Old is beautiful: capitalism is ugly

14 May

Posted by a friend on Facebook. I love its snappily heartfelt response not just to ageism and sexism but, more important still, to their life negating exploitation for profit:

I was in the hallway at the airport, headed to my gate, when a man from a spa suckered me into a conversation by handing me a free bar of natural soap.

Man: Your skin is so natural looking. You aren’t wearing any make-up, right?

Me: Um, nooooo?

Man: Let me guess your age... (Proceeds to pull out an age twelve years below mine.)

Me: I look my age and that’s ok actually.

Man: Let me show you our face serum. If you aren’t careful to maintain your skin now, these wrinkles on your face will get deeper. By forty-five, creams won’t help anymore.

Me: What’s wrong with a woman looking forty?

Man: Well let’s talk about the bags under your eyes, and smile lines. My eye cream could improve those in fifteen minutes.

Me: What’s wrong with my eyes? I have a miracle baby at home and haven’t slept in two years, so if I have bags I am grateful to have them, and my husband and I laugh a lot. Those are his fault. He loves how I look… I don’t think I need your cream.

Man: (nervously) They may be manageable now but by fifty it’s too late to correct sagging skin and deep wrinkles. Unless you act now, only surgery can correct those.

Me: what’s wrong again with a woman aging? You know, my husband and I can’t wait to grow old together, we talk about it all the time, how we’ll be this funny wrinkled old couple. My husband is going to age too, we all are. It’s kind of how life works.

Man: (glancing nervously at other customers listening in) Wait, if it’s price, I can offer our special this week, all three creams for $199 – that’s cheaper than Botox!

Me: I look fine now, and when I’m forty-five will look fine, and when I’m fifty will look fine, because there is nothing wrong with a woman aging. Old age is a privilege denied to many. I don’t appreciate you marketing youth instead of your products, and denigrating aging women as a sales tactic. Thanks but I don’t need your cream.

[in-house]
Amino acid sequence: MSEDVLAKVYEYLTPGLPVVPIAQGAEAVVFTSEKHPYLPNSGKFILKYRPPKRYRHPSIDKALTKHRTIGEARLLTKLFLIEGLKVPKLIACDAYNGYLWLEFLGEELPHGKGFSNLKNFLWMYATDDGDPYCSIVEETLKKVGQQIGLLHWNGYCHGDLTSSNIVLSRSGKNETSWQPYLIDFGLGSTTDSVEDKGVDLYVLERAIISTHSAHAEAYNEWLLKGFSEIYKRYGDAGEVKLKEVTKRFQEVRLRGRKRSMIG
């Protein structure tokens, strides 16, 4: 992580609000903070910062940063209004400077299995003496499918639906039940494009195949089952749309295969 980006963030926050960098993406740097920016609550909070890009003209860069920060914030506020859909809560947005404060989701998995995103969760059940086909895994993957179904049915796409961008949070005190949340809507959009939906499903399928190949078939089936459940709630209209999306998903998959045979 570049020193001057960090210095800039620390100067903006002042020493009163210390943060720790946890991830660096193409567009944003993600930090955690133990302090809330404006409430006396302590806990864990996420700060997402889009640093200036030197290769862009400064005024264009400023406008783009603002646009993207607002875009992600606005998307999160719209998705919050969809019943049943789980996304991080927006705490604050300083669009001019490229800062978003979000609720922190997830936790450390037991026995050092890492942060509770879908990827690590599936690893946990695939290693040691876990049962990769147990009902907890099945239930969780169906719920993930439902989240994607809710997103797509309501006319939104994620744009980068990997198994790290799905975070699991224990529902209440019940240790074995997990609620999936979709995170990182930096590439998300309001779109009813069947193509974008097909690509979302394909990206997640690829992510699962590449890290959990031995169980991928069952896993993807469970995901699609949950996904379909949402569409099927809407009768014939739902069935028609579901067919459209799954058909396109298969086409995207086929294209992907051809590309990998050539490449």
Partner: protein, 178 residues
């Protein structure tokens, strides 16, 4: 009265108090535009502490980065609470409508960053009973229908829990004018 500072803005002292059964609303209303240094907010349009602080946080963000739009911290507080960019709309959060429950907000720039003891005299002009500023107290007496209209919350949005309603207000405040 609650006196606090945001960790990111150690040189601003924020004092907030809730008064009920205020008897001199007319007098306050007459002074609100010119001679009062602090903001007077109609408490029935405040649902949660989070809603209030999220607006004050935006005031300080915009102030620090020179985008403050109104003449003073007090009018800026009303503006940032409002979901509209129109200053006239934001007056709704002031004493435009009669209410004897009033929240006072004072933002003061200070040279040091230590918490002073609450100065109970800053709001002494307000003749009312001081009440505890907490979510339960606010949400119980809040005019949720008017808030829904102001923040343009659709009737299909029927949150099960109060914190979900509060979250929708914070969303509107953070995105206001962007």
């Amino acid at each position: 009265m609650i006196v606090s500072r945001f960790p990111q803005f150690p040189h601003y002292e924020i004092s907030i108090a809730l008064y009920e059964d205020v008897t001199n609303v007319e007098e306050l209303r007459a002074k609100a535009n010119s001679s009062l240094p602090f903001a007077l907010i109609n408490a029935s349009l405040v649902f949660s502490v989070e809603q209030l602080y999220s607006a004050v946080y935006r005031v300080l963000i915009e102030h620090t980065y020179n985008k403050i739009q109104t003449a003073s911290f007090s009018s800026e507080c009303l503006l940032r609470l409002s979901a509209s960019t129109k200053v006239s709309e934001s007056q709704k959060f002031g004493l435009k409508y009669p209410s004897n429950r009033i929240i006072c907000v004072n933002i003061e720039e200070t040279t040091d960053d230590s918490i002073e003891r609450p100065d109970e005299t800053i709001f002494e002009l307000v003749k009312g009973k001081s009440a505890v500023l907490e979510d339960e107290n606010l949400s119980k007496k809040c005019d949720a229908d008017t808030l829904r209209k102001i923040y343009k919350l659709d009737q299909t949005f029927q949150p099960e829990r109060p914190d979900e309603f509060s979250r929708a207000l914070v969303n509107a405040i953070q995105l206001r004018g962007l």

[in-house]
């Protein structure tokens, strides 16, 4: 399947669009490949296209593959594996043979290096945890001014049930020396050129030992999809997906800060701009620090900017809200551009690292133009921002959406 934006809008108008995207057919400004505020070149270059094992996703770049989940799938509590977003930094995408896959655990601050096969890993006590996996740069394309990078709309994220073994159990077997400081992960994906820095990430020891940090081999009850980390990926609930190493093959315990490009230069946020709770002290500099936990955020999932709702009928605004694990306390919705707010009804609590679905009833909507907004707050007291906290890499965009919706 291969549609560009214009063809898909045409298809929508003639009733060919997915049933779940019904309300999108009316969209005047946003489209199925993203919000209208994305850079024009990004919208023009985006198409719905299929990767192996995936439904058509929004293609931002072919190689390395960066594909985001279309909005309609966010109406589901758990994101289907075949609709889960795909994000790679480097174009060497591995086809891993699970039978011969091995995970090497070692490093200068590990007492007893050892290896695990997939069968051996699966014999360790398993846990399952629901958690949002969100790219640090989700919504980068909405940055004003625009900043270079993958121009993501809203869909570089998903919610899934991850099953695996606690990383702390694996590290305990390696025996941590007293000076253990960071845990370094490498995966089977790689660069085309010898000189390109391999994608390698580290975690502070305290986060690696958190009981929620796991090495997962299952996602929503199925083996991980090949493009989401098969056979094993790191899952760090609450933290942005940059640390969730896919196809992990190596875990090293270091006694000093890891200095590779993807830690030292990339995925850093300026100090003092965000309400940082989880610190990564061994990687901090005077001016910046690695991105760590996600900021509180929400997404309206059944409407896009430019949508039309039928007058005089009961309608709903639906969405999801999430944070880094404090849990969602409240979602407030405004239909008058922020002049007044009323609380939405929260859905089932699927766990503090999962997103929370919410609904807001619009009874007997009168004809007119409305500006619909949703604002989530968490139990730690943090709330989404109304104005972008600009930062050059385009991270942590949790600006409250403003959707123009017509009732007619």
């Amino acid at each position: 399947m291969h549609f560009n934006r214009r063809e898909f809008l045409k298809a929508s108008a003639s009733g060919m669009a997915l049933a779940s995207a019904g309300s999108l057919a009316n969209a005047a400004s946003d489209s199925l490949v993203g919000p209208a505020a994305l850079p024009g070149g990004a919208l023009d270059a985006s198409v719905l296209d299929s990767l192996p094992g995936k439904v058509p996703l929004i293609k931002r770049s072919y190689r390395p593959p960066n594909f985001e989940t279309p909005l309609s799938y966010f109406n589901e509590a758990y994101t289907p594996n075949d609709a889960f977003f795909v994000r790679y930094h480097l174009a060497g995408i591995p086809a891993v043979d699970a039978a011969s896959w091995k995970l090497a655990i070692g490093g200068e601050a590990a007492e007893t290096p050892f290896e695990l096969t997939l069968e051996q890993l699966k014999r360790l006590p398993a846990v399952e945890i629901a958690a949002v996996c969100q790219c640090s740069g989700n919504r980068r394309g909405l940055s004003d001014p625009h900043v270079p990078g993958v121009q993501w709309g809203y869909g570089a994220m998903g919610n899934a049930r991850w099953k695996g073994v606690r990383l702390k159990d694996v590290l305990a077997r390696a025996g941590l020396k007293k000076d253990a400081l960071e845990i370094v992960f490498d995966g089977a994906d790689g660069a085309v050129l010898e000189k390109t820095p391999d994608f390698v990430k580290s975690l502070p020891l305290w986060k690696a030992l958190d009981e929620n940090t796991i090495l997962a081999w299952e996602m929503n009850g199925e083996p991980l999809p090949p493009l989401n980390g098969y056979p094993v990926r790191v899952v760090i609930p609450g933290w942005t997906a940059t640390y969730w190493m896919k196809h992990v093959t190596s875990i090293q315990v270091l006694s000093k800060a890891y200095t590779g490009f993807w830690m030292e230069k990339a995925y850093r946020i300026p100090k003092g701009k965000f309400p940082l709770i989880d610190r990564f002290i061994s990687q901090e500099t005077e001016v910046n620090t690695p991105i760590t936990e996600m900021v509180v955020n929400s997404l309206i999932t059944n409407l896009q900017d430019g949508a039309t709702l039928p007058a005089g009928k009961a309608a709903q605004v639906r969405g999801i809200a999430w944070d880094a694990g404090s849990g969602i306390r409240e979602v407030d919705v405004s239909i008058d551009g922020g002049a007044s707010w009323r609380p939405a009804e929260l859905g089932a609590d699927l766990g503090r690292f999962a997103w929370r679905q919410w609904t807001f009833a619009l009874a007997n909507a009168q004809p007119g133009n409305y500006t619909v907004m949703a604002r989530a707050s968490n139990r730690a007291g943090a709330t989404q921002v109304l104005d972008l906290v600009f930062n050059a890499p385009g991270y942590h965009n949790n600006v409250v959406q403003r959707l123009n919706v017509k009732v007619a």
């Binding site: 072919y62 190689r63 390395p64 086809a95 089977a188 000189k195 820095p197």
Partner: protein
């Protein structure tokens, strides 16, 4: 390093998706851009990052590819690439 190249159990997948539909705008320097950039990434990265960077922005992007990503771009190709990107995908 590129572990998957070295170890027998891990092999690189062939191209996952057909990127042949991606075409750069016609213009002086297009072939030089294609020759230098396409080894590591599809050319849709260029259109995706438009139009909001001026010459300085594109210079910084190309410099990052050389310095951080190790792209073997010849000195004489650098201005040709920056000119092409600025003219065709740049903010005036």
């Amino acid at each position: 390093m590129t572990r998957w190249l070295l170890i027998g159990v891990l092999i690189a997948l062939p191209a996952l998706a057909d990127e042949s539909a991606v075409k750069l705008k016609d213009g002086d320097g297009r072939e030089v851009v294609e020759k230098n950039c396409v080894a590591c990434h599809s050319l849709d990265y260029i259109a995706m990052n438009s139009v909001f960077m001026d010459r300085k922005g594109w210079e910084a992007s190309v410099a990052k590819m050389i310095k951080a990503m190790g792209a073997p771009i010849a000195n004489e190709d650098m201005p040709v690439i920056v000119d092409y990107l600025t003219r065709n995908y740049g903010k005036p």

ageing is beautfifl
I was so horrified by the normalcy of his sales pitch, and the sales ringing up at his cash register, I took a picture of that wrinkled baggy face he was selling to, right on the spot.

This is the face my children and my husband love. I think I’ll keep it.


This post has been shared upward of 12k times to date. I was really excited for a couple of minutes (my ego talking) until I realized it means that in 2016, refusing self-loathing as a beauty standard is a radical concept. And that is just depressing on a whole other level.

This isn’t about natural beauty over make-up, nor being insulted by a salesman, who I am sure is good at his job and following a script. Its about a billion dollar industry that depends on women hating themselves.

I could have been a supermodel, but still would have been told there was something wrong with my face. And odds are, I would have believed it. It’s hard-wired into us from the cradle that our main value as a woman is beauty, and a standard of beauty that we can never actually attain. Even our supermodels get photoshopped.

Let’s start a movement. Let’s end predatory marketing practices that sell self-loathing to women. Women have more important things to do in 2016 than worry about our wrinkles or the acceptability of our thighs. Let’s start a movement that says no to brands that require you to hate yourself in order to sell their products. Don’t give them another one of your dollars.


‘Even our supermodels get photoshopped.’  There’s irony on irony here. Millions of people with ‘imperfect’ bodies feel bad about how they look in comparison to celebs who don’t much resemble their polished and packaged images either! And so much money and heartache and even physical pain are invested in acquiring a body the rest of us will find unreal and sexless. (A flawless skin and gravity defying breasts may or may not be aesthetically appealing – that depends on too many variables for me to generalise even on my own subjective responses – but for me at least their possessors are never, you know, fanciable. ) More often than not on those before-and-after websites I prefer the before  look, and I’m not the only one.

Finally, men – especially in the twenty to forty-five age band – are now coming under the same pressures and for the same reasons. Here’s Jon Hamm, occasionally known to pass himself off as one Donald Draper:

don draper

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